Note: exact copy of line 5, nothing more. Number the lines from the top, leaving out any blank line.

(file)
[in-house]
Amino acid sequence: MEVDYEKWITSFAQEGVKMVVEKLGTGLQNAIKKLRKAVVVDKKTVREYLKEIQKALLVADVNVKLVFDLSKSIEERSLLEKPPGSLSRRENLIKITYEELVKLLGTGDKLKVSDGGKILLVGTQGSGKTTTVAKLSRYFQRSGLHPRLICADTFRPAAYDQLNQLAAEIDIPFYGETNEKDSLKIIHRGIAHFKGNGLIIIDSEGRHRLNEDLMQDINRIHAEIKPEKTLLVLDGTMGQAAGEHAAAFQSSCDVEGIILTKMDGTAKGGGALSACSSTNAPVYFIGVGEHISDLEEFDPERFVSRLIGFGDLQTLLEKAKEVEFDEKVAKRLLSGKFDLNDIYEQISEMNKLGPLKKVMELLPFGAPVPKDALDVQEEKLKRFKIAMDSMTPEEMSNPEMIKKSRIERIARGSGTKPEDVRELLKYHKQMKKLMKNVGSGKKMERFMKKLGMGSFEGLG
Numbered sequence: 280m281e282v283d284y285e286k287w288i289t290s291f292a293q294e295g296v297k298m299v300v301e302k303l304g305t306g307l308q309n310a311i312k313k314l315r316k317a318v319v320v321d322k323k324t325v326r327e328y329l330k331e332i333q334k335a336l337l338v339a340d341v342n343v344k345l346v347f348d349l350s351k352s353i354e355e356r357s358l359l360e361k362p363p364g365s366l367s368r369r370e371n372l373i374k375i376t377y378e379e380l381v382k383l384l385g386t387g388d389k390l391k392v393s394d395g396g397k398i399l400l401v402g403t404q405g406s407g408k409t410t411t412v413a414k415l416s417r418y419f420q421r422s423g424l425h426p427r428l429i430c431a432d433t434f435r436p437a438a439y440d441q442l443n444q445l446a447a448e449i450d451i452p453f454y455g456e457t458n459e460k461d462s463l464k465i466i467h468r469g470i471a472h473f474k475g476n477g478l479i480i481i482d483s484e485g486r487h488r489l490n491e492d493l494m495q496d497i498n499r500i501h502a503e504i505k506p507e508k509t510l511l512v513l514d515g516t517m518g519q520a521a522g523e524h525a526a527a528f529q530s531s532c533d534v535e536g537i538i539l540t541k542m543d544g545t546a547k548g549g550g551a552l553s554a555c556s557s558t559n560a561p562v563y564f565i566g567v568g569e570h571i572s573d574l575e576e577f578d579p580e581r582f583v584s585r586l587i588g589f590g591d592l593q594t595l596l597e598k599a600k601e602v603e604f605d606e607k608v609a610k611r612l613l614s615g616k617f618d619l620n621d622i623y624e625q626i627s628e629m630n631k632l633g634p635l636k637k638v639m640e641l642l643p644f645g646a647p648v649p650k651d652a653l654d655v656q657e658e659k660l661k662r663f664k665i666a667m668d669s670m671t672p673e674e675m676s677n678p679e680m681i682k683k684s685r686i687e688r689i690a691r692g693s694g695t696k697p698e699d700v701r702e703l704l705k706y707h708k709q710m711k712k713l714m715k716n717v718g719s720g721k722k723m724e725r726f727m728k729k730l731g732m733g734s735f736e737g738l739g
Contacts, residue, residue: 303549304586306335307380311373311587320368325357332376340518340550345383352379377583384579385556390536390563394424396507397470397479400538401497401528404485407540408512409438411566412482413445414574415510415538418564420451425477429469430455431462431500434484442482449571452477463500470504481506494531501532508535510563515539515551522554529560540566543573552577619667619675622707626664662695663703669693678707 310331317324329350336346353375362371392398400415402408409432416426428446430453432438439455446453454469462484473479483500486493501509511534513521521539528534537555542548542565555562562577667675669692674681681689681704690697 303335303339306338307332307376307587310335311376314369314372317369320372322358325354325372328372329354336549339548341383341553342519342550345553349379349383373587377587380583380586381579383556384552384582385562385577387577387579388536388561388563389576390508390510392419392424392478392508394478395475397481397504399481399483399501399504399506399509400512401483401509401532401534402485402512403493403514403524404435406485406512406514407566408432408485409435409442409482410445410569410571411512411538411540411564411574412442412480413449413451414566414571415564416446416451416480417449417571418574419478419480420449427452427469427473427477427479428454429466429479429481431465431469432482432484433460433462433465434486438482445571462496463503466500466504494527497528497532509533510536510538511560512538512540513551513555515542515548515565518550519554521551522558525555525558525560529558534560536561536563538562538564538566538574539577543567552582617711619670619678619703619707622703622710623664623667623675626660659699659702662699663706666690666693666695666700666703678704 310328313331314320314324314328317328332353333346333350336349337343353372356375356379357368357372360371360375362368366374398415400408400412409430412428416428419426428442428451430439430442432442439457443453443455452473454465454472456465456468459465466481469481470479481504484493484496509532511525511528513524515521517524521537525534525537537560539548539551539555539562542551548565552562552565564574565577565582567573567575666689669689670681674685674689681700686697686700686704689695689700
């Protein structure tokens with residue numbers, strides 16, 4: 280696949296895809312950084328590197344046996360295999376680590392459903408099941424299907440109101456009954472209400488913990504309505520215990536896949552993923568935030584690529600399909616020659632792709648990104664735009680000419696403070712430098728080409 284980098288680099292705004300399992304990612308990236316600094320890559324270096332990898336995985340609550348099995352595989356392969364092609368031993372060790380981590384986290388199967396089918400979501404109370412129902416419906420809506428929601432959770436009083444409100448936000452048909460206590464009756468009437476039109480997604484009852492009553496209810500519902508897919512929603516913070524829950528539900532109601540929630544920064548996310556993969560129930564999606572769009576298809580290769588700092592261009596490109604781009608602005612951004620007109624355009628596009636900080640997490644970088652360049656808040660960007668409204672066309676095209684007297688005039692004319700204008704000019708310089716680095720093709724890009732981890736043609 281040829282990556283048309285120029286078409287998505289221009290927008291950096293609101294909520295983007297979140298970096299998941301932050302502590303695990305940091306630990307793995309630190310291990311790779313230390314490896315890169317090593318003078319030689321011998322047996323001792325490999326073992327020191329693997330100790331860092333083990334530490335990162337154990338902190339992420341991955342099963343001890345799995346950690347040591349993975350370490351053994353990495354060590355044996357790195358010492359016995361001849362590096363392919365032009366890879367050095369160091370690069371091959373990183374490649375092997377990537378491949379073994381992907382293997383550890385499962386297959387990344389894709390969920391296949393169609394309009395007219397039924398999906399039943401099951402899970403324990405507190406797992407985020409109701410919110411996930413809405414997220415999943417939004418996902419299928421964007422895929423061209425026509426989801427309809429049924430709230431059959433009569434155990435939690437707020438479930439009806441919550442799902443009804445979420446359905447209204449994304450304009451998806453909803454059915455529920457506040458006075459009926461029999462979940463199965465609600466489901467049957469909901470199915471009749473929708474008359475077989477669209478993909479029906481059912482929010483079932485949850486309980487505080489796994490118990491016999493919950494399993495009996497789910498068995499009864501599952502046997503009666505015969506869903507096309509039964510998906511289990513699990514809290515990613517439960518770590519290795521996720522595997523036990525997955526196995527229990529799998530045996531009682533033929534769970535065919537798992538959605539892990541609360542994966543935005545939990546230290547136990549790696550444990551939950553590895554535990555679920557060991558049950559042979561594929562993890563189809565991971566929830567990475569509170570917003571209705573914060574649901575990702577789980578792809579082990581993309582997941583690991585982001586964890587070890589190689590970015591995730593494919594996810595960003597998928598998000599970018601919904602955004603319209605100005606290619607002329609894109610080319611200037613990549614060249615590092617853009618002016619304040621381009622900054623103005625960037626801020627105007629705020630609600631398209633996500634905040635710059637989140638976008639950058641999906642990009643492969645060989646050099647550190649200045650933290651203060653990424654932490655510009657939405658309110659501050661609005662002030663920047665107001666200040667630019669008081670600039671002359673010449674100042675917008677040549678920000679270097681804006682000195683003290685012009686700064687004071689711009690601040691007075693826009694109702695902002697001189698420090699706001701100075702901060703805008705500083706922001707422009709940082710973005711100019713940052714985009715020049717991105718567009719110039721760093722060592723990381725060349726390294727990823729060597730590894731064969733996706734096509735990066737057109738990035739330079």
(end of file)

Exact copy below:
């Protein structure tokens with residue numbers, strides 16, 4: 280696949296895809312950084328590197344046996360295999376680590392459903408099941424299907440109101456009954472209400488913990504309505520215990536896949552993923568935030584690529600399909616020659632792709648990104664735009680000419696403070712430098728080409 284980098288680099292705004300399992304990612308990236316600094320890559324270096332990898336995985340609550348099995352595989356392969364092609368031993372060790380981590384986290388199967396089918400979501404109370412129902416419906420809506428929601432959770436009083444409100448936000452048909460206590464009756468009437476039109480997604484009852492009553496209810500519902508897919512929603516913070524829950528539900532109601540929630544920064548996310556993969560129930564999606572769009576298809580290769588700092592261009596490109604781009608602005612951004620007109624355009628596009636900080640997490644970088652360049656808040660960007668409204672066309676095209684007297688005039692004319700204008704000019708310089716680095720093709724890009732981890736043609 281040829282990556283048309285120029286078409287998505289221009290927008291950096293609101294909520295983007297979140298970096299998941301932050302502590303695990305940091306630990307793995309630190310291990311790779313230390314490896315890169317090593318003078319030689321011998322047996323001792325490999326073992327020191329693997330100790331860092333083990334530490335990162337154990338902190339992420341991955342099963343001890345799995346950690347040591349993975350370490351053994353990495354060590355044996357790195358010492359016995361001849362590096363392919365032009366890879367050095369160091370690069371091959373990183374490649375092997377990537378491949379073994381992907382293997383550890385499962386297959387990344389894709390969920391296949393169609394309009395007219397039924398999906399039943401099951402899970403324990405507190406797992407985020409109701410919110411996930413809405414997220415999943417939004418996902419299928421964007422895929423061209425026509426989801427309809429049924430709230431059959433009569434155990435939690437707020438479930439009806441919550442799902443009804445979420446359905447209204449994304450304009451998806453909803454059915455529920457506040458006075459009926461029999462979940463199965465609600466489901467049957469909901470199915471009749473929708474008359475077989477669209478993909479029906481059912482929010483079932485949850486309980487505080489796994490118990491016999493919950494399993495009996497789910498068995499009864501599952502046997503009666505015969506869903507096309509039964510998906511289990513699990514809290515990613517439960518770590519290795521996720522595997523036990525997955526196995527229990529799998530045996531009682533033929534769970535065919537798992538959605539892990541609360542994966543935005545939990546230290547136990549790696550444990551939950553590895554535990555679920557060991558049950559042979561594929562993890563189809565991971566929830567990475569509170570917003571209705573914060574649901575990702577789980578792809579082990581993309582997941583690991585982001586964890587070890589190689590970015591995730593494919594996810595960003597998928598998000599970018601919904602955004603319209605100005606290619607002329609894109610080319611200037613990549614060249615590092617853009618002016619304040621381009622900054623103005625960037626801020627105007629705020630609600631398209633996500634905040635710059637989140638976008639950058641999906642990009643492969645060989646050099647550190649200045650933290651203060653990424654932490655510009657939405658309110659501050661609005662002030663920047665107001666200040667630019669008081670600039671002359673010449674100042675917008677040549678920000679270097681804006682000195683003290685012009686700064687004071689711009690601040691007075693826009694109702695902002697001189698420090699706001701100075702901060703805008705500083706922001707422009709940082710973005711100019713940052714985009715020049717991105718567009719110039721760093722060592723990381725060349726390294727990823729060597730590894731064969733996706734096509735990066737057109738990035739330079």